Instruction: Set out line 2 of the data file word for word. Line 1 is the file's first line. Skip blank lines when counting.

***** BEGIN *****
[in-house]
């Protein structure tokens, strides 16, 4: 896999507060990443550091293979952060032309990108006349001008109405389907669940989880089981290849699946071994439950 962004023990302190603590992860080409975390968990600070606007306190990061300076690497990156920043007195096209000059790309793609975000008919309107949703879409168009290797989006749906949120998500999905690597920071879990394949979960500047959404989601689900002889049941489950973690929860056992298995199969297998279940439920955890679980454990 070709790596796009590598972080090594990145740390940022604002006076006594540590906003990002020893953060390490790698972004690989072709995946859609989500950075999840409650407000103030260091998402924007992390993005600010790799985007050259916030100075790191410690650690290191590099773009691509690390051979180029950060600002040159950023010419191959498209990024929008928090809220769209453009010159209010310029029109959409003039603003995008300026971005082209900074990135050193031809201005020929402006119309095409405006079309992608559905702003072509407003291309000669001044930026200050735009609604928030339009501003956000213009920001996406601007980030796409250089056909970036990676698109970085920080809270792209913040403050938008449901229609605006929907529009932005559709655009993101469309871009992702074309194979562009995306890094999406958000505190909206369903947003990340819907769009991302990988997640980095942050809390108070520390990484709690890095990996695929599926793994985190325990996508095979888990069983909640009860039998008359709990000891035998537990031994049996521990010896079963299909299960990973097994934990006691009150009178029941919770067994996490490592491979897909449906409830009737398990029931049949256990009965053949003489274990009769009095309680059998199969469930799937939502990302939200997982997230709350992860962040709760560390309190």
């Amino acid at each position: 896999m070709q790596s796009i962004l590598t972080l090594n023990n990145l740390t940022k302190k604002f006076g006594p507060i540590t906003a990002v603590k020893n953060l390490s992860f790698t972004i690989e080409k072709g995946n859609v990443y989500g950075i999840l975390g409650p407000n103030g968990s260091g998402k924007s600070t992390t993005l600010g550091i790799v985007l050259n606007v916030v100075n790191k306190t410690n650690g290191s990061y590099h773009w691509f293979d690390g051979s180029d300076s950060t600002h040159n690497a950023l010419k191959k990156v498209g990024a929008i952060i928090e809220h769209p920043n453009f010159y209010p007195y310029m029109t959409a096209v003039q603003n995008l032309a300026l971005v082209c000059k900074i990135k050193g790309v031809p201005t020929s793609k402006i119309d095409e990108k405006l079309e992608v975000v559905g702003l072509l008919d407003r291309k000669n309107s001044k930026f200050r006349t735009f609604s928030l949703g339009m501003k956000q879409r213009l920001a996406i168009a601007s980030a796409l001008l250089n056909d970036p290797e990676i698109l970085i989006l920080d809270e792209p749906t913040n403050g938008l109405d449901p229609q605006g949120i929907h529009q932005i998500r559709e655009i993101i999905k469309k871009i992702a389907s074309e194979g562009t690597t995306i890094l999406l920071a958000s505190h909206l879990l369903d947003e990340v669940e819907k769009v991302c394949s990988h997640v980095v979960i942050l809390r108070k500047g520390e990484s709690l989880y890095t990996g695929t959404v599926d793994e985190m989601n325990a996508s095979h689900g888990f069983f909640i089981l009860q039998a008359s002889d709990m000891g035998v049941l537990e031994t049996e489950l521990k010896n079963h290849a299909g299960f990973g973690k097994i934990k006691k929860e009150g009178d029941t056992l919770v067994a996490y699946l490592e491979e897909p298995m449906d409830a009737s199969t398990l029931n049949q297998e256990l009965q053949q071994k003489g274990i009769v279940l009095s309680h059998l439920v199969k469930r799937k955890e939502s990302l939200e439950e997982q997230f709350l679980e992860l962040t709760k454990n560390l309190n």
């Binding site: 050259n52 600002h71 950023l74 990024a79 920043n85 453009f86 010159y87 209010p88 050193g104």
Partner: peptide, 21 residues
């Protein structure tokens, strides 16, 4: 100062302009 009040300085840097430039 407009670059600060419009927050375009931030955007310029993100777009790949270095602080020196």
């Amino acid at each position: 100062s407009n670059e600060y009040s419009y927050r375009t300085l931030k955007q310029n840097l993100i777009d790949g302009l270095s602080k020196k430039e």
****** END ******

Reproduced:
């Protein structure tokens, strides 16, 4: 896999507060990443550091293979952060032309990108006349001008109405389907669940989880089981290849699946071994439950 962004023990302190603590992860080409975390968990600070606007306190990061300076690497990156920043007195096209000059790309793609975000008919309107949703879409168009290797989006749906949120998500999905690597920071879990394949979960500047959404989601689900002889049941489950973690929860056992298995199969297998279940439920955890679980454990 070709790596796009590598972080090594990145740390940022604002006076006594540590906003990002020893953060390490790698972004690989072709995946859609989500950075999840409650407000103030260091998402924007992390993005600010790799985007050259916030100075790191410690650690290191590099773009691509690390051979180029950060600002040159950023010419191959498209990024929008928090809220769209453009010159209010310029029109959409003039603003995008300026971005082209900074990135050193031809201005020929402006119309095409405006079309992608559905702003072509407003291309000669001044930026200050735009609604928030339009501003956000213009920001996406601007980030796409250089056909970036990676698109970085920080809270792209913040403050938008449901229609605006929907529009932005559709655009993101469309871009992702074309194979562009995306890094999406958000505190909206369903947003990340819907769009991302990988997640980095942050809390108070520390990484709690890095990996695929599926793994985190325990996508095979888990069983909640009860039998008359709990000891035998537990031994049996521990010896079963299909299960990973097994934990006691009150009178029941919770067994996490490592491979897909449906409830009737398990029931049949256990009965053949003489274990009769009095309680059998199969469930799937939502990302939200997982997230709350992860962040709760560390309190």